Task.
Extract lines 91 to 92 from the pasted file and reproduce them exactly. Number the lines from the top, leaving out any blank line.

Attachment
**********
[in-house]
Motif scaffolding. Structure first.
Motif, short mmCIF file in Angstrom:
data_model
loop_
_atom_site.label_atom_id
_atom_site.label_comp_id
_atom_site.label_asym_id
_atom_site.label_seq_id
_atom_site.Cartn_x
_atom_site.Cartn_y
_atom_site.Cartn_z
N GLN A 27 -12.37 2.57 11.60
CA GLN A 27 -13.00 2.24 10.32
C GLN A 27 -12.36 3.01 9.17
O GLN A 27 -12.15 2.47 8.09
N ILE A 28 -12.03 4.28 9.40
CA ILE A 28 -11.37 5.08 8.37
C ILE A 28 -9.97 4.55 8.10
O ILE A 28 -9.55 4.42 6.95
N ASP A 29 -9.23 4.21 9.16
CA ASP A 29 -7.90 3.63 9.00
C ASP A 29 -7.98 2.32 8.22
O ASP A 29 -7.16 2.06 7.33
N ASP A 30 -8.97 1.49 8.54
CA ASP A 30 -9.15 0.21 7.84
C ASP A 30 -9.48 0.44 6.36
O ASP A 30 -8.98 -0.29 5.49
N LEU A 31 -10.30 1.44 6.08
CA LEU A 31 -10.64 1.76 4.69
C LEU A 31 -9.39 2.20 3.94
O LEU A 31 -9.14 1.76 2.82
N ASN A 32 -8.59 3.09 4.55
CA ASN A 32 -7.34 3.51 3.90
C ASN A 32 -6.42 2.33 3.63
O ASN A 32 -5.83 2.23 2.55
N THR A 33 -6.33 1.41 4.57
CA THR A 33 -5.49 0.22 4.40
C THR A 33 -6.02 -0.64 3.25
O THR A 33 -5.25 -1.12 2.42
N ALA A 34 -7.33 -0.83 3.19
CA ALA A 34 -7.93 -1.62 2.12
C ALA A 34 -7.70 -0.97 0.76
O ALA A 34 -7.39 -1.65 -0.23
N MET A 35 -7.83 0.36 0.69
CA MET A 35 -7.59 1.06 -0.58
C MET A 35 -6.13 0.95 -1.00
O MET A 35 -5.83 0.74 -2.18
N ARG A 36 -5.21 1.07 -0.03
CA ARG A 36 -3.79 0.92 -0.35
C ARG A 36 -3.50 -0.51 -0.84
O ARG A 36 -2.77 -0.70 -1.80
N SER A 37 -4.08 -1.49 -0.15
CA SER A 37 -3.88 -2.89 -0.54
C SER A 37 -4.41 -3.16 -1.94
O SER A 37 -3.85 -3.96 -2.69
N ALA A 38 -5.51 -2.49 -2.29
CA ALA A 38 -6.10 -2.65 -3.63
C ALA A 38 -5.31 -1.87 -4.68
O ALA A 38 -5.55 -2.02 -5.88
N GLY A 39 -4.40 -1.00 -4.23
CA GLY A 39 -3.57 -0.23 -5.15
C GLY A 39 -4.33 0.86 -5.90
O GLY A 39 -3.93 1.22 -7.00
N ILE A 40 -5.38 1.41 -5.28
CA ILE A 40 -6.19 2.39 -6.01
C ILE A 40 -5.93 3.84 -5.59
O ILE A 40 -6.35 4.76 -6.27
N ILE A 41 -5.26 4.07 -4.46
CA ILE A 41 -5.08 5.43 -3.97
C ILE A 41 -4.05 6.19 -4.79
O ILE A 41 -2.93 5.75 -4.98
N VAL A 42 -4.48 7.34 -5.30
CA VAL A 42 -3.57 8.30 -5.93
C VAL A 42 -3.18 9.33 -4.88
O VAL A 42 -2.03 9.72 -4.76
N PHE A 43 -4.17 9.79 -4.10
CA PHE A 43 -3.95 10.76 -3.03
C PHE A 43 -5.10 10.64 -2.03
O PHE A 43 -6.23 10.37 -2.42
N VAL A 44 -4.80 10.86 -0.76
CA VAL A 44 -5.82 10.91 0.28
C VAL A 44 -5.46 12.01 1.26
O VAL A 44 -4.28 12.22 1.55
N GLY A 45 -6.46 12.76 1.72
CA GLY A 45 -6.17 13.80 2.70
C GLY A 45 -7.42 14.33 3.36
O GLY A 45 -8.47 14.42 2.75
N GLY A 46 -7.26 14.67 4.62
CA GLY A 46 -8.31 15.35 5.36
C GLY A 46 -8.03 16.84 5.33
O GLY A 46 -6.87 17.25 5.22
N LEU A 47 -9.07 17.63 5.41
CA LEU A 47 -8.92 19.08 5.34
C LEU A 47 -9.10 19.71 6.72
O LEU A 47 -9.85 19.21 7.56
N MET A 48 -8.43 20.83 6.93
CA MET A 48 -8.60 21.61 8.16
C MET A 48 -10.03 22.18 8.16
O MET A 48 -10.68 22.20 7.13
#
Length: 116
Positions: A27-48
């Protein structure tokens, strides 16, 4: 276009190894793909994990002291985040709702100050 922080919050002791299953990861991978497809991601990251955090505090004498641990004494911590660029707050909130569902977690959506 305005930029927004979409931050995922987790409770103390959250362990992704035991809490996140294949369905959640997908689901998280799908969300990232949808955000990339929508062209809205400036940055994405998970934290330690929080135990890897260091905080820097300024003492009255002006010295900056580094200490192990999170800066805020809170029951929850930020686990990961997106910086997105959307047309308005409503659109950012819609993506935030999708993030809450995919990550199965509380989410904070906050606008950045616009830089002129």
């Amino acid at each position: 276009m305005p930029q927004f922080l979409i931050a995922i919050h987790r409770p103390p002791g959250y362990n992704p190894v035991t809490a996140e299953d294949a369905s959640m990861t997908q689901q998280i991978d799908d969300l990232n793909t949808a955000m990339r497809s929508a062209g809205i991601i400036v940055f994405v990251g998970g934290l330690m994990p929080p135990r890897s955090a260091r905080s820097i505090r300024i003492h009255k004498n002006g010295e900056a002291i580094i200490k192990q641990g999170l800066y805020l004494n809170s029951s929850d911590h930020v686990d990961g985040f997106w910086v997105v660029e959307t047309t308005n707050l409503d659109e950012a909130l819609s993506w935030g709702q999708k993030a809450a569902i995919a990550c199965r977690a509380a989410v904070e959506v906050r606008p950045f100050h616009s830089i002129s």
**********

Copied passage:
C GLY A 46 -8.03 16.84 5.33
O GLY A 46 -6.87 17.25 5.22